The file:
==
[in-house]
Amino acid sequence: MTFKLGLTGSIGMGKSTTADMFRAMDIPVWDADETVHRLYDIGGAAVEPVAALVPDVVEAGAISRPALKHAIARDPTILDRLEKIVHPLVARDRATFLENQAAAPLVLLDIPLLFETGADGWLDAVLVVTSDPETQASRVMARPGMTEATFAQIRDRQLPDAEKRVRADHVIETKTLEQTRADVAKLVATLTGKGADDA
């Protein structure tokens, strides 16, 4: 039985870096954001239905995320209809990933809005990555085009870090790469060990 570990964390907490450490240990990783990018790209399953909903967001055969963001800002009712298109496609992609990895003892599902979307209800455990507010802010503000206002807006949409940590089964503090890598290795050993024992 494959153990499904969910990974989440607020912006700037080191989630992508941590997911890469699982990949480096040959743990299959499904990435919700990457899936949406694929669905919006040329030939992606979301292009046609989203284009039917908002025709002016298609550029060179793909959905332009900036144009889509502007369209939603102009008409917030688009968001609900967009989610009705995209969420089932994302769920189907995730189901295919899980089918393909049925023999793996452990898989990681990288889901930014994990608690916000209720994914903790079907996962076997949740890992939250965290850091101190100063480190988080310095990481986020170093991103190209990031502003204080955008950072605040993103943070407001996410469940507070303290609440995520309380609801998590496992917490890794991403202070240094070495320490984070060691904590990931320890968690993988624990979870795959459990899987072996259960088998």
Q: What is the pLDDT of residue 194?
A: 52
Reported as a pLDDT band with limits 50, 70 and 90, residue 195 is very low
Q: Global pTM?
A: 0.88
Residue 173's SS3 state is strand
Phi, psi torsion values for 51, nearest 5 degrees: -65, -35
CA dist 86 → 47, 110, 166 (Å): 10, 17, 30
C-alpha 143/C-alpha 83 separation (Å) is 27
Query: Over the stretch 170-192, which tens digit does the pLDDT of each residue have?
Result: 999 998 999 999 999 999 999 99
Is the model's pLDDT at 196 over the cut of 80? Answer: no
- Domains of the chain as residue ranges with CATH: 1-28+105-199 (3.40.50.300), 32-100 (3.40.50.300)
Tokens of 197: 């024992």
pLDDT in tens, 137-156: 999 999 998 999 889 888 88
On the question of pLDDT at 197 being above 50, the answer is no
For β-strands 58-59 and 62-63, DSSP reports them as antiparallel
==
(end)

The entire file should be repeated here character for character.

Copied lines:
[in-house]
Amino acid sequence: MTFKLGLTGSIGMGKSTTADMFRAMDIPVWDADETVHRLYDIGGAAVEPVAALVPDVVEAGAISRPALKHAIARDPTILDRLEKIVHPLVARDRATFLENQAAAPLVLLDIPLLFETGADGWLDAVLVVTSDPETQASRVMARPGMTEATFAQIRDRQLPDAEKRVRADHVIETKTLEQTRADVAKLVATLTGKGADDA
């Protein structure tokens, strides 16, 4: 039985870096954001239905995320209809990933809005990555085009870090790469060990 570990964390907490450490240990990783990018790209399953909903967001055969963001800002009712298109496609992609990895003892599902979307209800455990507010802010503000206002807006949409940590089964503090890598290795050993024992 494959153990499904969910990974989440607020912006700037080191989630992508941590997911890469699982990949480096040959743990299959499904990435919700990457899936949406694929669905919006040329030939992606979301292009046609989203284009039917908002025709002016298609550029060179793909959905332009900036144009889509502007369209939603102009008409917030688009968001609900967009989610009705995209969420089932994302769920189907995730189901295919899980089918393909049925023999793996452990898989990681990288889901930014994990608690916000209720994914903790079907996962076997949740890992939250965290850091101190100063480190988080310095990481986020170093991103190209990031502003204080955008950072605040993103943070407001996410469940507070303290609440995520309380609801998590496992917490890794991403202070240094070495320490984070060691904590990931320890968690993988624990979870795959459990899987072996259960088998």
Q: What is the pLDDT of residue 194?
A: 52
Reported as a pLDDT band with limits 50, 70 and 90, residue 195 is very low
Q: Global pTM?
A: 0.88
Residue 173's SS3 state is strand
Phi, psi torsion values for 51, nearest 5 degrees: -65, -35
CA dist 86 → 47, 110, 166 (Å): 10, 17, 30
C-alpha 143/C-alpha 83 separation (Å) is 27
Query: Over the stretch 170-192, which tens digit does the pLDDT of each residue have?
Result: 999 998 999 999 999 999 999 99
Is the model's pLDDT at 196 over the cut of 80? Answer: no
- Domains of the chain as residue ranges with CATH: 1-28+105-199 (3.40.50.300), 32-100 (3.40.50.300)
Tokens of 197: 């024992």
pLDDT in tens, 137-156: 999 999 998 999 889 888 88
On the question of pLDDT at 197 being above 50, the answer is no
For β-strands 58-59 and 62-63, DSSP reports them as antiparallel